An onside kick in American football occurs when the kicker on the kickoff team intentionally kicks the ball in a way that makes it possible for the kicking team to recover it. An onside kick is accomplished by kicking it a short distance, but several strategies can be employed to make it easier for the kicking team to recover the ball.
To qualify as a legal kick, the ball must travel at least 10 yards after the kicker kicks it in order for the kicking team to recover it. If it travels less than 10 yards before the kicking team recovers it, possession is awarded to the receiving team. The receiving team does not have to wait until the ball travels 10 yards. However, if a member of the receiving team touches the ball before it travels 10 years, but does not hang onto it, the kicking team can recover it before the required 10 yards.
A member of the kicking team is not allowed to block a member of the receiving team before the ball has traveled the required 10 yards. If the 10 yard blocking rule is violated, possession is awarded to the receiving team.
After the kickoff travels 10 yards, the receiving team is allowed to catch the ball and run with it just like any other kickoff. However, if it is recovered by the kicking team, the ball cannot be advanced, unless a member of the receiving team had possession of the ball and fumbled it while trying to advance the ball.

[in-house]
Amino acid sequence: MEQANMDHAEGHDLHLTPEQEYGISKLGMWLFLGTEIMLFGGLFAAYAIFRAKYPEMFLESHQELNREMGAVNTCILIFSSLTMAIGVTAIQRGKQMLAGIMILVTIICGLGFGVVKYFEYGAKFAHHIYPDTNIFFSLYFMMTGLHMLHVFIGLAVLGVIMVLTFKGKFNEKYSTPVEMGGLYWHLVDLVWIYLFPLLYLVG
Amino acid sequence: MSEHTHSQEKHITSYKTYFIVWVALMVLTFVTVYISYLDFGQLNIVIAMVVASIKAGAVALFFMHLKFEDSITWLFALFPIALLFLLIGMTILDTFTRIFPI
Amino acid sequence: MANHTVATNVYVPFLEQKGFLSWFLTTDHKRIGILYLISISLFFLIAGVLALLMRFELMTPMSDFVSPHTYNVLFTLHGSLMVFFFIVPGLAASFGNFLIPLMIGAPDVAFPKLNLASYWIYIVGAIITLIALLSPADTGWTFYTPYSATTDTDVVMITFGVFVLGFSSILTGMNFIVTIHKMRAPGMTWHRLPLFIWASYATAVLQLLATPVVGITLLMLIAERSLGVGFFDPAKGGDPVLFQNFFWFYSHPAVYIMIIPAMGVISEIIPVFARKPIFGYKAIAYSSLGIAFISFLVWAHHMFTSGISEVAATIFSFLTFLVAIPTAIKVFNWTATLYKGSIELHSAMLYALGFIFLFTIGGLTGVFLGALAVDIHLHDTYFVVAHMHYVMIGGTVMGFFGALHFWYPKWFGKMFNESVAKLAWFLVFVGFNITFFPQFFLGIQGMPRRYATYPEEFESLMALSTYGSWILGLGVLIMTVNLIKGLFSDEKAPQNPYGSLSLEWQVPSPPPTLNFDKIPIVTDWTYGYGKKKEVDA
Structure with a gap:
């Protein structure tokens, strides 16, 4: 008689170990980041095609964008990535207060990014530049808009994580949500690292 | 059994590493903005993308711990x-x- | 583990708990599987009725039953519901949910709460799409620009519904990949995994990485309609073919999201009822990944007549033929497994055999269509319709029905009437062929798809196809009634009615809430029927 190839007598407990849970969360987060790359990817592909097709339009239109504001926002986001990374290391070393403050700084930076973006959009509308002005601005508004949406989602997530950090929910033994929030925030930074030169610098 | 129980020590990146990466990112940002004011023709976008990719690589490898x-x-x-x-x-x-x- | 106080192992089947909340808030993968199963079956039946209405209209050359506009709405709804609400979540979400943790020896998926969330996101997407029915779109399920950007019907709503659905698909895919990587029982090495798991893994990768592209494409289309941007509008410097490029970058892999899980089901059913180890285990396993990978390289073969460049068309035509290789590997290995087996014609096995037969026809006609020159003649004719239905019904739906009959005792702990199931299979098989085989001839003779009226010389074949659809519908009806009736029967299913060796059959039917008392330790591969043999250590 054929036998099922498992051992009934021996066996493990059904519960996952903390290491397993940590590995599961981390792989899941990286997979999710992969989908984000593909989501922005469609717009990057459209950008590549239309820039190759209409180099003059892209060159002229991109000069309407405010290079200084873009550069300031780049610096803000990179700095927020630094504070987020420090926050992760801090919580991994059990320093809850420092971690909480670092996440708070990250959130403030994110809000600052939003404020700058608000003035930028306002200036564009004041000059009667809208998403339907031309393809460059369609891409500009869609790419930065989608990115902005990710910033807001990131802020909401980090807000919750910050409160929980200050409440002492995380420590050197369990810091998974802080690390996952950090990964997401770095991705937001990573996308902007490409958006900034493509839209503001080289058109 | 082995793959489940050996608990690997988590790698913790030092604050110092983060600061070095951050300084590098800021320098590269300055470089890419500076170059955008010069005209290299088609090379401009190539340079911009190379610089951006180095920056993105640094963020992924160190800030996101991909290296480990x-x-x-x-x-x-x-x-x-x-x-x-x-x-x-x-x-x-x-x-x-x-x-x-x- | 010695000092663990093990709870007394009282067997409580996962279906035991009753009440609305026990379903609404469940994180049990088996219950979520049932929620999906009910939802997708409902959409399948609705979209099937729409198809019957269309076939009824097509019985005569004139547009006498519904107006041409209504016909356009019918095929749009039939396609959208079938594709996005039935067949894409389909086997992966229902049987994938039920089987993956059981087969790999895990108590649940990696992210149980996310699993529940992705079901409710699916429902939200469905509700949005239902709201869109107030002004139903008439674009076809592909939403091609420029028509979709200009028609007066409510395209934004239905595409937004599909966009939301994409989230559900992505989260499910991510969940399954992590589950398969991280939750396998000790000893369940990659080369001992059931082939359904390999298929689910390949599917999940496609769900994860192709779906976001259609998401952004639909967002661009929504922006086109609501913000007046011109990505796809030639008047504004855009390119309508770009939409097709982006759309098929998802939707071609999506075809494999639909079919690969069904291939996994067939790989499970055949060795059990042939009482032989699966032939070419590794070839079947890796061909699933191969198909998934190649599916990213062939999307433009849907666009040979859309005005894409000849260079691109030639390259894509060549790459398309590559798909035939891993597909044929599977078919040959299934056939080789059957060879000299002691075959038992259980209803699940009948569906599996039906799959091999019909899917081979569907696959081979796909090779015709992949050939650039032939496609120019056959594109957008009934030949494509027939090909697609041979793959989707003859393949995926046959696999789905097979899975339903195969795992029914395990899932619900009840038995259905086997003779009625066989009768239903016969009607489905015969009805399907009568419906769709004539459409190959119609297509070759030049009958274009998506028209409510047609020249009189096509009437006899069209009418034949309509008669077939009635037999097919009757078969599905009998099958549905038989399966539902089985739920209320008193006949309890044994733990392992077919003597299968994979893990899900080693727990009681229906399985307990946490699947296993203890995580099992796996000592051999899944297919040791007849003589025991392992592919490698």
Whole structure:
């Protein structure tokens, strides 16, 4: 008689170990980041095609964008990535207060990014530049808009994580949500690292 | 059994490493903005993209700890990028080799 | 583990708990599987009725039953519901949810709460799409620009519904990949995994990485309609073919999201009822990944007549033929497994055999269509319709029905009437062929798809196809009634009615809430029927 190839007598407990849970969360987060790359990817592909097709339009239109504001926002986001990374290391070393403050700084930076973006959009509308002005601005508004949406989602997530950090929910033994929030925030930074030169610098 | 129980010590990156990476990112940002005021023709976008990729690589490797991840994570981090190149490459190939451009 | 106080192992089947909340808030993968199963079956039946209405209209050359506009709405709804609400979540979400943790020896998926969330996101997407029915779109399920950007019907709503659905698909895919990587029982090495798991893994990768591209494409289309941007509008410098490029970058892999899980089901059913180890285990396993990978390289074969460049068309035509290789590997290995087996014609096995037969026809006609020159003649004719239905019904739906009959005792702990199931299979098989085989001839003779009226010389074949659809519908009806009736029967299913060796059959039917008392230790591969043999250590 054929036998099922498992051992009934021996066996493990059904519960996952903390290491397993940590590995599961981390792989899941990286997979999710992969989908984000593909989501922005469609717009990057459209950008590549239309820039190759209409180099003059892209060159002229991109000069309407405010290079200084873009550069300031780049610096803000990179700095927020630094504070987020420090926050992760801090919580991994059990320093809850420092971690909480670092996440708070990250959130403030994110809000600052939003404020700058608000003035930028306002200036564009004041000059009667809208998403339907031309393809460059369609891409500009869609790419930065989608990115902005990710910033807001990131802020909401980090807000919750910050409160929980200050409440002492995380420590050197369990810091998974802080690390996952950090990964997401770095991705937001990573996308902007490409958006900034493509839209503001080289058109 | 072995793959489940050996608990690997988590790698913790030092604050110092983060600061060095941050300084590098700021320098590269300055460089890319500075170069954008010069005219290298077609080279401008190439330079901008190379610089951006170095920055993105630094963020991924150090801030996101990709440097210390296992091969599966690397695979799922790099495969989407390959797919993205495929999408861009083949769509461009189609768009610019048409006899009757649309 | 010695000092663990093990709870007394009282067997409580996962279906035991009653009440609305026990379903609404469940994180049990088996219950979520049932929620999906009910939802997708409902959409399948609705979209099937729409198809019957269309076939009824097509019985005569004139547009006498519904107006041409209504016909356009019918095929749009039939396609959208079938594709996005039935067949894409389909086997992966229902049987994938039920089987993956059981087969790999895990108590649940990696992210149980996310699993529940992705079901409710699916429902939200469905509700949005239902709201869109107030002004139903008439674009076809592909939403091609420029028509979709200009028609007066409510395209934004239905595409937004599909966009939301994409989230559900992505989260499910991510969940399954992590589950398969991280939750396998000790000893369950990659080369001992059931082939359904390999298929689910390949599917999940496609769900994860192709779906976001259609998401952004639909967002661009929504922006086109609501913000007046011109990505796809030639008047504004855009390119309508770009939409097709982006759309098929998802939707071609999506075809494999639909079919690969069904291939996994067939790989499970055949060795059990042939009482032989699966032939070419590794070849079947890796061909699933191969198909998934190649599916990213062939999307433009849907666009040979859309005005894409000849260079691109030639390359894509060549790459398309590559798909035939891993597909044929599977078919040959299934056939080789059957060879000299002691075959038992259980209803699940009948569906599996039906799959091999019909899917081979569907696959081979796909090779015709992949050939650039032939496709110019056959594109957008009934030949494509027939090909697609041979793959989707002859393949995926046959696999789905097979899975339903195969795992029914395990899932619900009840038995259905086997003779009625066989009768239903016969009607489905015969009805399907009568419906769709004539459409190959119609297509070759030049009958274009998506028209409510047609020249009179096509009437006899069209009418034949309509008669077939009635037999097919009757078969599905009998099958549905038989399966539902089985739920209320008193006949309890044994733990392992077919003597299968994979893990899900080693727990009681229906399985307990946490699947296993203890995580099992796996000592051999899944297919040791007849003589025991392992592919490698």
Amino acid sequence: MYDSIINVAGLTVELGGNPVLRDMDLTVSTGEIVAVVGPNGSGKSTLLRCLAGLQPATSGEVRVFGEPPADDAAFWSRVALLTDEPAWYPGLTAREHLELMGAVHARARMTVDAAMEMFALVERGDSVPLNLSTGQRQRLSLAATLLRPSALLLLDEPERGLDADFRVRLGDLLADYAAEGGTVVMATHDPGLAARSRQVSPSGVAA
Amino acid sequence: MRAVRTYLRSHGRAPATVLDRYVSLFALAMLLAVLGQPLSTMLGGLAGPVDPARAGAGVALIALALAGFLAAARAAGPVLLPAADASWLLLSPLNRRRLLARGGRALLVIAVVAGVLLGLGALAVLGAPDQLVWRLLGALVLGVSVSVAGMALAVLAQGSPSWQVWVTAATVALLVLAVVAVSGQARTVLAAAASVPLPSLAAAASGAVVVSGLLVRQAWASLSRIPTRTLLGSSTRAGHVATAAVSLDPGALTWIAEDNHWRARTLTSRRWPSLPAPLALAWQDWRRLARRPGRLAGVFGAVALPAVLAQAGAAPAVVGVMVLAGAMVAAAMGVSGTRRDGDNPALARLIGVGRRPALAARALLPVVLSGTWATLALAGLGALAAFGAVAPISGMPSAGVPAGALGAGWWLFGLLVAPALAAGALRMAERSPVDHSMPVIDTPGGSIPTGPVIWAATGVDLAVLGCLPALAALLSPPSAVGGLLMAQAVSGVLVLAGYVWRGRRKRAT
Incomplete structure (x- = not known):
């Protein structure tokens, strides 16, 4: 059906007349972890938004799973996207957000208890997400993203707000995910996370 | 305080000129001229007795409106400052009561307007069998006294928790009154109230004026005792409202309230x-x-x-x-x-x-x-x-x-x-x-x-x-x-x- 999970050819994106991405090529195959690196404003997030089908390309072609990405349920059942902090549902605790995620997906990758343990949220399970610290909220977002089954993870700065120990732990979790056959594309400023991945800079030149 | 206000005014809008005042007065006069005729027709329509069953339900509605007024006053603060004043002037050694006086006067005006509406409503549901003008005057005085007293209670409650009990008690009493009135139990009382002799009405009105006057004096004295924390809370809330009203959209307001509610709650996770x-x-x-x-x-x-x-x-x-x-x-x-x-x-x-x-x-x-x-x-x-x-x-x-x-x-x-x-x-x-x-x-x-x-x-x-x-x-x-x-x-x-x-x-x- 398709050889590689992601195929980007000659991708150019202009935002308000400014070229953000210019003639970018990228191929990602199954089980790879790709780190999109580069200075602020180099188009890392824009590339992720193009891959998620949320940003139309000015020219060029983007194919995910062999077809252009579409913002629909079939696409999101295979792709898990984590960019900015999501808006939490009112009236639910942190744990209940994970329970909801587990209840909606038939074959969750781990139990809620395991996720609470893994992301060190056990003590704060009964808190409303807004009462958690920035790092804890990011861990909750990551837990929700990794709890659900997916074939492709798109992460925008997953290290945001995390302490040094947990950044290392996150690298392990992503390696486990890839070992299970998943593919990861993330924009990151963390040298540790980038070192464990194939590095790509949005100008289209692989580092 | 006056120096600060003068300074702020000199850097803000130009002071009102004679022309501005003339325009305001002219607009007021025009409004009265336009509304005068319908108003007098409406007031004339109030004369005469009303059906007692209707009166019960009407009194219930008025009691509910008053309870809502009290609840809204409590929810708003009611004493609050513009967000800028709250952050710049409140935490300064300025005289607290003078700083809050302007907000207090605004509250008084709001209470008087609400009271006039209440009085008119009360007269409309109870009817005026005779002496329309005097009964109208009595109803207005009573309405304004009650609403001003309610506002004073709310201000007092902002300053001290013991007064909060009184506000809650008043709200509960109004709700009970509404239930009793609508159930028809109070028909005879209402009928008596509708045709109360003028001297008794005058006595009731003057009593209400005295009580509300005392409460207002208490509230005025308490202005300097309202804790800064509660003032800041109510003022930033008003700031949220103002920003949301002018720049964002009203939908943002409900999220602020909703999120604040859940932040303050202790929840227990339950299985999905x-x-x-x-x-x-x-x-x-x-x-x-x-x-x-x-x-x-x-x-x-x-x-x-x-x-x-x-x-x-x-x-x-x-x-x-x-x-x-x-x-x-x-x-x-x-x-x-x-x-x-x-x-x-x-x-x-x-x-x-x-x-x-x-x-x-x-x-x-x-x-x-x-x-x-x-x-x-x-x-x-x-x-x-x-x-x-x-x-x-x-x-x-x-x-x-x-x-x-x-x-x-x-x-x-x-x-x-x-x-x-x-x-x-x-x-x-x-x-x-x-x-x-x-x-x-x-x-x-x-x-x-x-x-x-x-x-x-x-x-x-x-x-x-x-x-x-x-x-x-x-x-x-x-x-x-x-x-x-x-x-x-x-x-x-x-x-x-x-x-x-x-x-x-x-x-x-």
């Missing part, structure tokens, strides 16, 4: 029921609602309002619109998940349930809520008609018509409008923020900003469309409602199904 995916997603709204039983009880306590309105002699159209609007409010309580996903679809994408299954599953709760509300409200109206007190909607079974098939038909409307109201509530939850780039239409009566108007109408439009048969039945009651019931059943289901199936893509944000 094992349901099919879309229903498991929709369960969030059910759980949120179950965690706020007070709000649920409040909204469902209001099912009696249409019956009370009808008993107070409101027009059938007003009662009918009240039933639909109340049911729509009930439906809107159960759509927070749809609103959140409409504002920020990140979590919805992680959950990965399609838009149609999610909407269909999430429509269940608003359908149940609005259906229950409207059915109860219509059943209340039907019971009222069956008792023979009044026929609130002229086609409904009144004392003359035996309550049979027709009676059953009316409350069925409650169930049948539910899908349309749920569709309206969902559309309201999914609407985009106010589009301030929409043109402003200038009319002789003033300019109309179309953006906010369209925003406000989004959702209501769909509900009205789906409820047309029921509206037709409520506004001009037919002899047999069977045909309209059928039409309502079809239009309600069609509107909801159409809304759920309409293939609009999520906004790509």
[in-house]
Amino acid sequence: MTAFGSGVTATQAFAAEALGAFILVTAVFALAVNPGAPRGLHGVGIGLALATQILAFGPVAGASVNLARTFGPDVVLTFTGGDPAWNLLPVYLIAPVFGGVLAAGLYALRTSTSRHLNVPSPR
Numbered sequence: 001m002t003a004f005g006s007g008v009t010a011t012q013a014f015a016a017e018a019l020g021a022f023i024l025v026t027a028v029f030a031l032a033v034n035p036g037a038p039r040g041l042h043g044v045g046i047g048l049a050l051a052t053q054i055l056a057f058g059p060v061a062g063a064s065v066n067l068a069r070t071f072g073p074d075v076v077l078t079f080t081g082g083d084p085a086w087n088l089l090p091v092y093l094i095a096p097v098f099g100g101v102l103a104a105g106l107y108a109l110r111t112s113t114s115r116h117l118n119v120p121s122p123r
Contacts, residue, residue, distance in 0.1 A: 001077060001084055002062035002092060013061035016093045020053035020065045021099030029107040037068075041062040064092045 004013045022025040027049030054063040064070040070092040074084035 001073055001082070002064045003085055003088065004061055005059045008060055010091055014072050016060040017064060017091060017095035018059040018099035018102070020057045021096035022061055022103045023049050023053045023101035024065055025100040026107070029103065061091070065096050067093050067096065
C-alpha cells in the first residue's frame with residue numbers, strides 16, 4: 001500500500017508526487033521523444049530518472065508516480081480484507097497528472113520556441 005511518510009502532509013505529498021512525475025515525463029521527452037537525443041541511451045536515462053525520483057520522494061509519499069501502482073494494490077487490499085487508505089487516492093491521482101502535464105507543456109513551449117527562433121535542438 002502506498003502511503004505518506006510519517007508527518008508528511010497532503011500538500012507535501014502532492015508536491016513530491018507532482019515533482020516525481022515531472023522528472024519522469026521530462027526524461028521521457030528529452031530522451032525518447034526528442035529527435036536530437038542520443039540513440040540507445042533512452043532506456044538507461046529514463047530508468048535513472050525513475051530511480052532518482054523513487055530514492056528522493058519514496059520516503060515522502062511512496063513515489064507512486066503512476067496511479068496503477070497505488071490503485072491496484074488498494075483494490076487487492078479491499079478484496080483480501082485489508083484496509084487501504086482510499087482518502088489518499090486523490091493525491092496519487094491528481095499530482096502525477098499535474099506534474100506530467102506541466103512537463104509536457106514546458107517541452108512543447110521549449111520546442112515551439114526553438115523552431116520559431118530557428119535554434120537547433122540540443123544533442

In professional football, during an overtime period, if a kicking team recovers an onside kick and scores on its ensuing possession, the game is over. Although normally each team is allowed to have a possession during the overtime period, the receiving team, in that case, is considered to have had its opportunity. The rule does not apply to college football because kickoffs aren't used during overtime at the college level.
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